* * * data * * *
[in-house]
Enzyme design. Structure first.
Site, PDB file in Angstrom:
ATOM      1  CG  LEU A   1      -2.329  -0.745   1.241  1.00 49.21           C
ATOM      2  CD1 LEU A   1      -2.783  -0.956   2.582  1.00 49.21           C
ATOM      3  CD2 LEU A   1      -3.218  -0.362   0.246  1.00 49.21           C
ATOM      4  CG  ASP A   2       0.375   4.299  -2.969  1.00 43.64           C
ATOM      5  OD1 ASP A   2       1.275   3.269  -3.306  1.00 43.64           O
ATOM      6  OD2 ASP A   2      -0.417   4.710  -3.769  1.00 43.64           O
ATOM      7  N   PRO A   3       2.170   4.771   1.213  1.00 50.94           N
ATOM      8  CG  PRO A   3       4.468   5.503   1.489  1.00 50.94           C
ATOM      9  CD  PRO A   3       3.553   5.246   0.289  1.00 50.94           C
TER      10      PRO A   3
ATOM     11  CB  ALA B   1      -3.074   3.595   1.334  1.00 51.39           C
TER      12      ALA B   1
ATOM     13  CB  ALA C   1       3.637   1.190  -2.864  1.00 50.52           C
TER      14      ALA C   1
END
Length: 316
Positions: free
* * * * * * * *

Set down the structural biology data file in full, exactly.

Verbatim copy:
[in-house]
Enzyme design. Structure first.
Site, PDB file in Angstrom:
ATOM      1  CG  LEU A   1      -2.329  -0.745   1.241  1.00 49.21           C
ATOM      2  CD1 LEU A   1      -2.783  -0.956   2.582  1.00 49.21           C
ATOM      3  CD2 LEU A   1      -3.218  -0.362   0.246  1.00 49.21           C
ATOM      4  CG  ASP A   2       0.375   4.299  -2.969  1.00 43.64           C
ATOM      5  OD1 ASP A   2       1.275   3.269  -3.306  1.00 43.64           O
ATOM      6  OD2 ASP A   2      -0.417   4.710  -3.769  1.00 43.64           O
ATOM      7  N   PRO A   3       2.170   4.771   1.213  1.00 50.94           N
ATOM      8  CG  PRO A   3       4.468   5.503   1.489  1.00 50.94           C
ATOM      9  CD  PRO A   3       3.553   5.246   0.289  1.00 50.94           C
TER      10      PRO A   3
ATOM     11  CB  ALA B   1      -3.074   3.595   1.334  1.00 51.39           C
TER      12      ALA B   1
ATOM     13  CB  ALA C   1       3.637   1.190  -2.864  1.00 50.52           C
TER      14      ALA C   1
END
Length: 316
Positions: free